Man Not Told of Daughter’s Death for 10 Years

     NASHVILLE (CN) – A Florida man claims in a federal lawsuit that he didn’t learn of his daughter’s murder for more than a decade because no one bothered to tell him.
     Gerald Fletcher sued Forensic Medical Management Services and Oakdale Funeral Home — the two entities that had custody of Kerry Fletcher’s body after her death — in Federal Court.
     According to Fletcher’s complaint, his daughter was murdered in Nashville on March 18, 2002, but he didn’t find out about it until Dec. 20, 2013.
     Instead, he says, after Kerry Fletcher was strangled to death by a murderer, her body was taken to Davidson County, Tenn., morgue, where Forensic Medical Management employees determined the cause of death, and then released her body to Oakdale, which soon buried her without Fletcher’s knowledge.
     “Defendants Forensic Medical and Oakdale were aware that plaintiff was the father of decedent, documented by his name being listed on, among other documentation, the certificate of death,” the complaint states. “Since defendants withheld the information of his daughter’s death from the plaintiff, he was unable to attend her funeral, to timely mourn her loss, to determine how her remains should be handled, and, he continued to search for her through more than 12 years, not knowing what had become of his daughter.”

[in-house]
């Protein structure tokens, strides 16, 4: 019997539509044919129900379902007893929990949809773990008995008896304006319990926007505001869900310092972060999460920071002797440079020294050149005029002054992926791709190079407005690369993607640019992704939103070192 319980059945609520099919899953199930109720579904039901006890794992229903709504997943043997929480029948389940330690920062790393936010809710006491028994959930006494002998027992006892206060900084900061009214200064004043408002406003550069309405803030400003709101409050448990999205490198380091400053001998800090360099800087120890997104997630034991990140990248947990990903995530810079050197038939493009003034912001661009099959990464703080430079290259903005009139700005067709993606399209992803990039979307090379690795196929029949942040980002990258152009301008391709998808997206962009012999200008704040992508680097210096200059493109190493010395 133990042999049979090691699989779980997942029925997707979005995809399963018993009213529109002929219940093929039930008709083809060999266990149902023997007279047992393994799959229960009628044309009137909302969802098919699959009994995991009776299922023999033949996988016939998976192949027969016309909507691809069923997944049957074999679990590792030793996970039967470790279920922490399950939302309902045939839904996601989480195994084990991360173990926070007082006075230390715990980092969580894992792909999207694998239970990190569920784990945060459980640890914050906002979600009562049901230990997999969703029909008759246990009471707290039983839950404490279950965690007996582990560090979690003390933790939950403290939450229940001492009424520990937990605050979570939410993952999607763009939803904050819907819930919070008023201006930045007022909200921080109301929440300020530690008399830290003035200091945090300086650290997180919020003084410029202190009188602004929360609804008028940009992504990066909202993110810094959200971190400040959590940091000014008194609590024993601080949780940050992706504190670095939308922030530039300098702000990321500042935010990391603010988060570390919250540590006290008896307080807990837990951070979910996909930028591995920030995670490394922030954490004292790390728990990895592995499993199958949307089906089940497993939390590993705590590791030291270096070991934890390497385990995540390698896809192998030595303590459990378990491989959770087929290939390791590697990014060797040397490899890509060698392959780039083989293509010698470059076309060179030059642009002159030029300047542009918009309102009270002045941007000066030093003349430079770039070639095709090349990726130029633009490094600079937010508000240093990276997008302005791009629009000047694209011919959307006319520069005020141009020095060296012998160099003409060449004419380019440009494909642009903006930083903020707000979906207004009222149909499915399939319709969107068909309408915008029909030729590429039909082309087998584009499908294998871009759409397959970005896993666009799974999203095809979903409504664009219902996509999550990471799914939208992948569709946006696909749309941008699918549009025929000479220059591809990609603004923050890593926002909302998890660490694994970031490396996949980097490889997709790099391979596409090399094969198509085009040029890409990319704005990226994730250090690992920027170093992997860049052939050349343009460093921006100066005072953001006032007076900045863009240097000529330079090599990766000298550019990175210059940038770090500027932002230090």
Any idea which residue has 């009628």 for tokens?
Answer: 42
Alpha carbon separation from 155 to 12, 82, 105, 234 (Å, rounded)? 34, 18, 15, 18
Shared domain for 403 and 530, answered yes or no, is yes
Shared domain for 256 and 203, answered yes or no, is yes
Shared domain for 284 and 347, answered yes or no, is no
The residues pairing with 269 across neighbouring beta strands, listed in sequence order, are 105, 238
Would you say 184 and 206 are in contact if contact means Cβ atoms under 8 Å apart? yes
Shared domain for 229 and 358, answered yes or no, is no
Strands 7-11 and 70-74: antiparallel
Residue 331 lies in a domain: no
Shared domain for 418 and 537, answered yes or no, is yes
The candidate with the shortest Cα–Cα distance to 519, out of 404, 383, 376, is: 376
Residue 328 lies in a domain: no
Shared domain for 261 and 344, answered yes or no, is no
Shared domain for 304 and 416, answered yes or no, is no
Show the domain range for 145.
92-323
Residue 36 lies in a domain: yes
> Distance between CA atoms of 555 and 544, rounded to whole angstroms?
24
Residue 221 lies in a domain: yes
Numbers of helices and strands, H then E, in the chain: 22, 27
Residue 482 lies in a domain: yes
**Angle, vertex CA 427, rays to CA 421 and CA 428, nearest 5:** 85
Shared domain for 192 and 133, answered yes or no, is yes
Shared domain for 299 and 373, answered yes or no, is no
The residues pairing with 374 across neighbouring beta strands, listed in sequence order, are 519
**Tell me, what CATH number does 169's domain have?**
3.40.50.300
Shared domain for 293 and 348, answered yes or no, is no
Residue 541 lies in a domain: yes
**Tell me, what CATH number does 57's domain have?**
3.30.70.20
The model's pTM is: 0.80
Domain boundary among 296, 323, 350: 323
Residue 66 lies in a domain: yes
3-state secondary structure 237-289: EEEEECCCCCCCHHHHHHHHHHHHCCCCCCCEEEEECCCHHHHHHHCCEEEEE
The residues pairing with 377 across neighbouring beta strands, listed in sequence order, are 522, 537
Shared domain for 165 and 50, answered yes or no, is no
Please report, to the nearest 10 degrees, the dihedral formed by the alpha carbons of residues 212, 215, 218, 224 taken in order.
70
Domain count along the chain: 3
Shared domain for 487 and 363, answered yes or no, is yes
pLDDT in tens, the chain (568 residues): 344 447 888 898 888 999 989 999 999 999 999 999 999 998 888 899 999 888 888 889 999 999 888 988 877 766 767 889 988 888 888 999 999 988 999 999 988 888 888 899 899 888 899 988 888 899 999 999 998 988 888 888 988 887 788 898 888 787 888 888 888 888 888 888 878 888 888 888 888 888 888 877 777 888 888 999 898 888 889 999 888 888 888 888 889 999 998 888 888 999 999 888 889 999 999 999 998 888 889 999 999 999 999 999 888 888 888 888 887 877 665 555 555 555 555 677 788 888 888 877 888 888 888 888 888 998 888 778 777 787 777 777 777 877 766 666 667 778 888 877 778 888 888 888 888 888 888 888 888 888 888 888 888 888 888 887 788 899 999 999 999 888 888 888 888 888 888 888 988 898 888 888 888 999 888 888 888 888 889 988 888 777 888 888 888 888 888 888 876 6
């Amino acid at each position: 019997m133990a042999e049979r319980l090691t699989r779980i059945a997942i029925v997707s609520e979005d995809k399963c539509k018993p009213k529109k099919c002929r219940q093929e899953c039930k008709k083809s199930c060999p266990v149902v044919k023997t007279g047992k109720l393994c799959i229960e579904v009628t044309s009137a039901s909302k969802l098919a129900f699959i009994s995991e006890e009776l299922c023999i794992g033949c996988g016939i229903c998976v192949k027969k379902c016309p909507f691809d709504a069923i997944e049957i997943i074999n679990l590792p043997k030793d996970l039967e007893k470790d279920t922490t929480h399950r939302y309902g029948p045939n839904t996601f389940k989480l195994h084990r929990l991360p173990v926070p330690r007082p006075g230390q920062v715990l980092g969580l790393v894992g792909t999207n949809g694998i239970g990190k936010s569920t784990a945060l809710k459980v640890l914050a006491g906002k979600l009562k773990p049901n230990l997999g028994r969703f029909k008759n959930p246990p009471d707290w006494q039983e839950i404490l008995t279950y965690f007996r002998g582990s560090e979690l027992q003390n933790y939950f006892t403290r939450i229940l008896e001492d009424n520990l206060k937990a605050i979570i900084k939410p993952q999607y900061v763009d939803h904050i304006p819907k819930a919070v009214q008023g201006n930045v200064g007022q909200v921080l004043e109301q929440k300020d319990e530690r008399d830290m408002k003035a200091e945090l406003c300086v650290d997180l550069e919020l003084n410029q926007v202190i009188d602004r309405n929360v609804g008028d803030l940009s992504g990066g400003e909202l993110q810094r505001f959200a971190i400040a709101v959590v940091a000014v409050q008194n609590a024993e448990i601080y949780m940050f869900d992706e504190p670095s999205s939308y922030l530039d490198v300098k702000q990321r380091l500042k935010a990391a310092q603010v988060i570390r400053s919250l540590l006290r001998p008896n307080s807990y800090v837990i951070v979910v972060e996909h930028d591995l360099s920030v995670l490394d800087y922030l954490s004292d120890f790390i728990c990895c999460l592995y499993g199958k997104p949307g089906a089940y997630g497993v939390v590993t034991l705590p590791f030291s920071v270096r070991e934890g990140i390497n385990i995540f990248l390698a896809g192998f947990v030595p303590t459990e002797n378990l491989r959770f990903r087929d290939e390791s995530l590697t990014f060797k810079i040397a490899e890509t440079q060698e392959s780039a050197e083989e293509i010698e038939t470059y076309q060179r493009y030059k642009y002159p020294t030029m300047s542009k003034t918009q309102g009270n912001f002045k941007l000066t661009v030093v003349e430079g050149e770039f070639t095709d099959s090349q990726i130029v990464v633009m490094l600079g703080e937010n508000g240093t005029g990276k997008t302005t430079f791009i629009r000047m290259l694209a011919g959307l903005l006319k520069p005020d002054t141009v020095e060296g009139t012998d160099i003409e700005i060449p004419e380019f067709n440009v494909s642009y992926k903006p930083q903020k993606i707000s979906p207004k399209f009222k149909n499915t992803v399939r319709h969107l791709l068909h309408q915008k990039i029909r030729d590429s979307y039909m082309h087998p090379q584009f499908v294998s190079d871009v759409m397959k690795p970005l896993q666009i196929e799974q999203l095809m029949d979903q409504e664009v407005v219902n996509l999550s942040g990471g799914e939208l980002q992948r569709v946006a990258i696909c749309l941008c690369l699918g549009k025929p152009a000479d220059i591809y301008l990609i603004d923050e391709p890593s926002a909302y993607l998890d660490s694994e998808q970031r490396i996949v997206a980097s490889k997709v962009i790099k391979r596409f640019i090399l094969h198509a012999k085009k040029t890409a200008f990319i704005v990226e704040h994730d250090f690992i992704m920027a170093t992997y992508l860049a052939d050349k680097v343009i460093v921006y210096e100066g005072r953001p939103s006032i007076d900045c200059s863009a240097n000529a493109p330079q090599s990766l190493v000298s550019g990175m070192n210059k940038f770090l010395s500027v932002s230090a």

Due to Forensic Medical and Oakdale not informing him of his daughter’s death, Fletcher was also unable to find and help raise his granddaughter, who was a year old at the time of her mother’s murder, according to the complaint.
     “Plaintiff has suffered severe emotional distress for over 12 years as a result of not knowing that his daughter had passed away, and continues to suffer severe emotional distress due to the lack of knowledge of his granddaughter’s upbringing and lack of having a relationship with her since he was denied contact,” the lawsuit says.
     Fletcher seeks $5 million in compensatory and punitive damages on claims of violation of state law, interference with right of burial, and infliction of emotional distress.
     He is represented by Stephen Crofford of Parker & Crofford in Nashville.

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